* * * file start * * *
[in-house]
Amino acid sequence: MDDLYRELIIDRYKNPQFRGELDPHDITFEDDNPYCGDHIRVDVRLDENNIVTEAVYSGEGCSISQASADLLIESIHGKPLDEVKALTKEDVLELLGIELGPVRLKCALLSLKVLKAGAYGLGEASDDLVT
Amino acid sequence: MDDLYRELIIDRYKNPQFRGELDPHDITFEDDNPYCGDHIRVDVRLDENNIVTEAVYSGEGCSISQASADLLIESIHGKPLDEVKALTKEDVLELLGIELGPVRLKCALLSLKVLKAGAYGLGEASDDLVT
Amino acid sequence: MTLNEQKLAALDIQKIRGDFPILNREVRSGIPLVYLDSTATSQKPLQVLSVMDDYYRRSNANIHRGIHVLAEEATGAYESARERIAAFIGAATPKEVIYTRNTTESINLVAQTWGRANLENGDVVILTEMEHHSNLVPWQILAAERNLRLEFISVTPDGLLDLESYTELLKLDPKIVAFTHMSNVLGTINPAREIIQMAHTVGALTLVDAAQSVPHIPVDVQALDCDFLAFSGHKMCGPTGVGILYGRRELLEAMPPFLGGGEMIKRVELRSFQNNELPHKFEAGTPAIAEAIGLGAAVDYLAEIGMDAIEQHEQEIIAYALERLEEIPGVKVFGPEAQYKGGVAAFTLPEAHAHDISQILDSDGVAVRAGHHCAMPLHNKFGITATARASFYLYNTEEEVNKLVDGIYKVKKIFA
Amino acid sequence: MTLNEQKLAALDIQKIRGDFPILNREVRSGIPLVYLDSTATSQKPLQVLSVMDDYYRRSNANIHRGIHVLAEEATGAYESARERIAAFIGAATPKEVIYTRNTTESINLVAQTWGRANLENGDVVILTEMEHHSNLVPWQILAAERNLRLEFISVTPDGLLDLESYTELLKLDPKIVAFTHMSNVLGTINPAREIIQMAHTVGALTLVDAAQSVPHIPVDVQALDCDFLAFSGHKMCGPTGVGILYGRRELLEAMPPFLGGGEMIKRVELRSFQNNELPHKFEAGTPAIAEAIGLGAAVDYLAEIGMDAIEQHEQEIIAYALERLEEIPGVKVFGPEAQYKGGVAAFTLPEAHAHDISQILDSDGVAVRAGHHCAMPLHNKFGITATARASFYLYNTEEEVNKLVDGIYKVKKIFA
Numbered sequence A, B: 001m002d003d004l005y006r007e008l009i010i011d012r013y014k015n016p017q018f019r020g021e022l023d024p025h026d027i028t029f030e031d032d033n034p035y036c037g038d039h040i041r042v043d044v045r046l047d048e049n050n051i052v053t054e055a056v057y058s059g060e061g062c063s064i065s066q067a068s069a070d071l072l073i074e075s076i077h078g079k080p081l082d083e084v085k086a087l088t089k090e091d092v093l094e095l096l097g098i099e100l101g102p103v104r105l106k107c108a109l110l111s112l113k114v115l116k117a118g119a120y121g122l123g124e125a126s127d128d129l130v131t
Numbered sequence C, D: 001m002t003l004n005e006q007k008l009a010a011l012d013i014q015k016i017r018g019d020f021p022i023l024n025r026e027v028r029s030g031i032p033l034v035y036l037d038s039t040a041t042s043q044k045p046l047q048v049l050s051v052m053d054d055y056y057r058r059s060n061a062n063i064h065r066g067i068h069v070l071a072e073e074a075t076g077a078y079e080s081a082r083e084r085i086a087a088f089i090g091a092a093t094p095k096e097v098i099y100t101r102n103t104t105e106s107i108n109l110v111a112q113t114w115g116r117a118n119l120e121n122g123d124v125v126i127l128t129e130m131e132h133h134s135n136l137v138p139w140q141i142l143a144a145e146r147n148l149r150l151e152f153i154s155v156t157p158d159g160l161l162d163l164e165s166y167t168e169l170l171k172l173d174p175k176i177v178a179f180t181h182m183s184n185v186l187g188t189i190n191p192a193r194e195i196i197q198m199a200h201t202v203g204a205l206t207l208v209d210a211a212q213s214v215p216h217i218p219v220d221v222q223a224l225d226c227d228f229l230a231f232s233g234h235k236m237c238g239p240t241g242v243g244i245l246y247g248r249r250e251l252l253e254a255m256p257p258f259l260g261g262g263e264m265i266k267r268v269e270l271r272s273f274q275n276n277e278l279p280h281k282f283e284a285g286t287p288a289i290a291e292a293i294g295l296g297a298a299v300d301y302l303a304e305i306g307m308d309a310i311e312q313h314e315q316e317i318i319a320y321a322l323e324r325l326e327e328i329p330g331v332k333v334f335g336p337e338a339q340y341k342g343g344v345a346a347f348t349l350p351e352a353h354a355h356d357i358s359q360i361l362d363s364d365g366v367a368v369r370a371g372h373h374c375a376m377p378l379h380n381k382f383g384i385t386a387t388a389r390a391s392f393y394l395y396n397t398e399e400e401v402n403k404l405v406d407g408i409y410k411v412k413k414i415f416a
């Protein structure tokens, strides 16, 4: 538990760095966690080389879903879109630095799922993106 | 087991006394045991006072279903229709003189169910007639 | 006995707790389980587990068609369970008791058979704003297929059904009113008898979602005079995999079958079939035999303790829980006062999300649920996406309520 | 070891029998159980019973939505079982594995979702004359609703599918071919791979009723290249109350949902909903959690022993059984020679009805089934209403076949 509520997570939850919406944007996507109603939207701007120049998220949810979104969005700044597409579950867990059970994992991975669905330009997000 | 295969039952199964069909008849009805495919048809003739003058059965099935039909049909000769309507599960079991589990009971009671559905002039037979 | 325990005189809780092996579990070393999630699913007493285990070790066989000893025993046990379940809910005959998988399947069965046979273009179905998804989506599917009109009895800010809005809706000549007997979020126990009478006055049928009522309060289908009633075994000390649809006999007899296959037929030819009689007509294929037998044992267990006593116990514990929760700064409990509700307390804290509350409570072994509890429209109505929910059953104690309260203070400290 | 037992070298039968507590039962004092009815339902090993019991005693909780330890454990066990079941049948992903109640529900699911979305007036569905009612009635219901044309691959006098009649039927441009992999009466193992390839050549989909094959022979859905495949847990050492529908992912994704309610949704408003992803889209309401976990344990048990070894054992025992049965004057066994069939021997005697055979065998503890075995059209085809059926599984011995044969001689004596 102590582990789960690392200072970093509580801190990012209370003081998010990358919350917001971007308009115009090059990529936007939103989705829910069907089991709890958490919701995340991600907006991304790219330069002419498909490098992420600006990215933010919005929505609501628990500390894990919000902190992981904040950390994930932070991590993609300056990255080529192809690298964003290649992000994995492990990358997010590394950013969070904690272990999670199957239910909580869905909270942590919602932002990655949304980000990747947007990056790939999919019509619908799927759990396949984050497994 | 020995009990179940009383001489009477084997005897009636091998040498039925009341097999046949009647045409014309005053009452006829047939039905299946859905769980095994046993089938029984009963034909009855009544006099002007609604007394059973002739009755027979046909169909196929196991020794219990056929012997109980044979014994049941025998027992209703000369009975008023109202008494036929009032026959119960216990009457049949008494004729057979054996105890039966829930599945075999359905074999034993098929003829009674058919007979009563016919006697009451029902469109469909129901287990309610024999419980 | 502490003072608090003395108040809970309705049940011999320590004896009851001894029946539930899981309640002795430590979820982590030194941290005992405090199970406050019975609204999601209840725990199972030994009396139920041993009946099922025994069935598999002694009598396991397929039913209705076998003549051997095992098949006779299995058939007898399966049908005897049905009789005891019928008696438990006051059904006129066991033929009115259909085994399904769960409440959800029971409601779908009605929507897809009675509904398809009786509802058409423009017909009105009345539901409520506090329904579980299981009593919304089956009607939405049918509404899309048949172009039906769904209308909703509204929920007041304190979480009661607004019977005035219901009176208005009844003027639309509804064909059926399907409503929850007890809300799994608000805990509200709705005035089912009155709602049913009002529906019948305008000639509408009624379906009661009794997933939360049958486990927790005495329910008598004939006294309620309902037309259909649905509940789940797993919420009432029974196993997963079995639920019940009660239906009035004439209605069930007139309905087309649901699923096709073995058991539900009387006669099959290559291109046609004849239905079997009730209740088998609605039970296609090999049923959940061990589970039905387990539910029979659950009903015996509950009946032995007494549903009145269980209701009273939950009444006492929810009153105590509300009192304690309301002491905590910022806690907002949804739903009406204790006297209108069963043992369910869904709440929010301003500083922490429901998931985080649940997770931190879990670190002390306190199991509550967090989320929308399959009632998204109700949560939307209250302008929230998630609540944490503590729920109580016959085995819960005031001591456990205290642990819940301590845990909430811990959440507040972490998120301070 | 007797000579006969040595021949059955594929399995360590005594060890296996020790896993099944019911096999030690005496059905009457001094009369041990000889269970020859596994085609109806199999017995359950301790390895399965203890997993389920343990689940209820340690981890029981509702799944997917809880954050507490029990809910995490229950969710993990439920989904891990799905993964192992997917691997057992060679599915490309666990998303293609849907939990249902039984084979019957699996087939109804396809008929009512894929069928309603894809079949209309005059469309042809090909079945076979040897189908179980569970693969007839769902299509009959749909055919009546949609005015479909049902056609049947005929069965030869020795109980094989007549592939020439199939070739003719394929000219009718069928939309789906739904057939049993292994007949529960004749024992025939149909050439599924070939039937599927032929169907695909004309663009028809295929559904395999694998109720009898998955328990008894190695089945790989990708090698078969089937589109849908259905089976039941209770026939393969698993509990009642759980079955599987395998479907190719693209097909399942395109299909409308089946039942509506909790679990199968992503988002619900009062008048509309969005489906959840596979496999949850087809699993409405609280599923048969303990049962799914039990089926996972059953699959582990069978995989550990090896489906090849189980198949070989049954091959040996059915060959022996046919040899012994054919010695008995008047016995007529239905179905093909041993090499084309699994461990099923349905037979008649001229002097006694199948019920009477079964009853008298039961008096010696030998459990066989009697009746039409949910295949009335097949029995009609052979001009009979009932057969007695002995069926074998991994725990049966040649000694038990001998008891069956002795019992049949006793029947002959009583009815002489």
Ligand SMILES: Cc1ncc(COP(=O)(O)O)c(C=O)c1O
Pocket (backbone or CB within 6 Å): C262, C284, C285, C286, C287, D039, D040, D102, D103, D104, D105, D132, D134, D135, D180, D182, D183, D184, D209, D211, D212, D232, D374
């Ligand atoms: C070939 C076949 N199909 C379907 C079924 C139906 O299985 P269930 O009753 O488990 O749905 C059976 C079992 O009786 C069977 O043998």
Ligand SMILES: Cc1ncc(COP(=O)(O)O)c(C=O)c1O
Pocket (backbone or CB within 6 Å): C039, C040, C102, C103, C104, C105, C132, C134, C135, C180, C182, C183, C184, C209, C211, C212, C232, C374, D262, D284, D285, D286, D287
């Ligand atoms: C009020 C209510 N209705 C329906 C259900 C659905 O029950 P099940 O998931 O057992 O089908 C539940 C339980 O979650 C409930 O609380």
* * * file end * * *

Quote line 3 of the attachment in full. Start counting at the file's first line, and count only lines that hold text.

Amino acid sequence: MDDLYRELIIDRYKNPQFRGELDPHDITFEDDNPYCGDHIRVDVRLDENNIVTEAVYSGEGCSISQASADLLIESIHGKPLDEVKALTKEDVLELLGIELGPVRLKCALLSLKVLKAGAYGLGEASDDLVT